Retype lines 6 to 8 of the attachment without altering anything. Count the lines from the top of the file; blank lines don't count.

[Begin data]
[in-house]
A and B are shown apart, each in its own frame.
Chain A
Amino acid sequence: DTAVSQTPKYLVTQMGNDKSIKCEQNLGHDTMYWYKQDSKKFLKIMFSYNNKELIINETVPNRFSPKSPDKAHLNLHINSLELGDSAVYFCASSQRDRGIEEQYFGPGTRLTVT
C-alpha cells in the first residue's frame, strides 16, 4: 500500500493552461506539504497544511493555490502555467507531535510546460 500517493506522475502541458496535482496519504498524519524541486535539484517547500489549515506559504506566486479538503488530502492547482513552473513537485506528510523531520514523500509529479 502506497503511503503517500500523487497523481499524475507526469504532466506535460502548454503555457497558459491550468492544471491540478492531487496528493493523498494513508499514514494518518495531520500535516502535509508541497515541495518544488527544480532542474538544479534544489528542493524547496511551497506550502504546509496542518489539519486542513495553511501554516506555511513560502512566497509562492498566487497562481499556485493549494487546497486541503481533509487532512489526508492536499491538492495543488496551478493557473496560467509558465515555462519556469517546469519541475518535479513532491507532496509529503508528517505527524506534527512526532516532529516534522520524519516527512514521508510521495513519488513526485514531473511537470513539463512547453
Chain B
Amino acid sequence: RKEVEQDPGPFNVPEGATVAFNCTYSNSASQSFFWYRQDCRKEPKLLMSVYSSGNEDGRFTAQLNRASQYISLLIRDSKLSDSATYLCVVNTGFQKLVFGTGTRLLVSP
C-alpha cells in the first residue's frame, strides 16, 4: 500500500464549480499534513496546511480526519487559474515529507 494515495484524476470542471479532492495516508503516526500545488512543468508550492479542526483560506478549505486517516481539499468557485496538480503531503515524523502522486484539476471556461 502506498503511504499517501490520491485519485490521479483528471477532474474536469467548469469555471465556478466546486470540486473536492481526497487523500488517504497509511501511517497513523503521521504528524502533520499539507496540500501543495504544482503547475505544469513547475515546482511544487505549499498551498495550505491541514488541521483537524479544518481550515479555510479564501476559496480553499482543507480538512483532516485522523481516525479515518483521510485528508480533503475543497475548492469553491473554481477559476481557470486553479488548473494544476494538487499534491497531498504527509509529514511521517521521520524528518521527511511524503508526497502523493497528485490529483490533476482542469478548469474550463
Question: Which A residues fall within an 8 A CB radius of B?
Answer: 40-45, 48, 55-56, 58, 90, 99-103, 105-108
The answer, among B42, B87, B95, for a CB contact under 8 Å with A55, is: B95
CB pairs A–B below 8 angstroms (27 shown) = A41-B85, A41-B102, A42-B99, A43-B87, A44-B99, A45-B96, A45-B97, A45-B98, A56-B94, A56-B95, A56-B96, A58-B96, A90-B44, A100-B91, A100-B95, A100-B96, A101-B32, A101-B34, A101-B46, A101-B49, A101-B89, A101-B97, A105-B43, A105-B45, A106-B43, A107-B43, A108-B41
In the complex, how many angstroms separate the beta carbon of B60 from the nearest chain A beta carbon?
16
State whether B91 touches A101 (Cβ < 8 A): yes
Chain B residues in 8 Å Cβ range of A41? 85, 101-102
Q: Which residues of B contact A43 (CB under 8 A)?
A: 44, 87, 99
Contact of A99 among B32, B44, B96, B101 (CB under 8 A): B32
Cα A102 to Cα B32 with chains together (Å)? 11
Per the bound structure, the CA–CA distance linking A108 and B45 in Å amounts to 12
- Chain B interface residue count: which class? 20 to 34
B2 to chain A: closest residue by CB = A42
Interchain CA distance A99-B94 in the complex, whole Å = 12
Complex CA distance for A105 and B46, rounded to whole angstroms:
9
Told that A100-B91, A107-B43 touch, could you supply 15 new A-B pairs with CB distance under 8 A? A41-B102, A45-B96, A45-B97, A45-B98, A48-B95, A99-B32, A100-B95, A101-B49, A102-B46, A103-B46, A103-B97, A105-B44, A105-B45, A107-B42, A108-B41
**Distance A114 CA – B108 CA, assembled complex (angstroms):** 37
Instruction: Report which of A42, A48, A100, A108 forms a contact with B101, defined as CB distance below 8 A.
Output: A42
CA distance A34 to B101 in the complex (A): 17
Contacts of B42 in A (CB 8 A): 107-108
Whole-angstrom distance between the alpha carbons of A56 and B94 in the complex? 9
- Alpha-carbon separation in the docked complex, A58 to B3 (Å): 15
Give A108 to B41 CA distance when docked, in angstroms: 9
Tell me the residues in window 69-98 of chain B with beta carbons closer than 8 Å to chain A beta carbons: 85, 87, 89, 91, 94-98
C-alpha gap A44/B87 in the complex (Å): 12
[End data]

Chain B
Amino acid sequence: RKEVEQDPGPFNVPEGATVAFNCTYSNSASQSFFWYRQDCRKEPKLLMSVYSSGNEDGRFTAQLNRASQYISLLIRDSKLSDSATYLCVVNTGFQKLVFGTGTRLLVSP
C-alpha cells in the first residue's frame, strides 16, 4: 500500500464549480499534513496546511480526519487559474515529507 494515495484524476470542471479532492495516508503516526500545488512543468508550492479542526483560506478549505486517516481539499468557485496538480503531503515524523502522486484539476471556461 502506498503511504499517501490520491485519485490521479483528471477532474474536469467548469469555471465556478466546486470540486473536492481526497487523500488517504497509511501511517497513523503521521504528524502533520499539507496540500501543495504544482503547475505544469513547475515546482511544487505549499498551498495550505491541514488541521483537524479544518481550515479555510479564501476559496480553499482543507480538512483532516485522523481516525479515518483521510485528508480533503475543497475548492469553491473554481477559476481557470486553479488548473494544476494538487499534491497531498504527509509529514511521517521521520524528518521527511511524503508526497502523493497528485490529483490533476482542469478548469474550463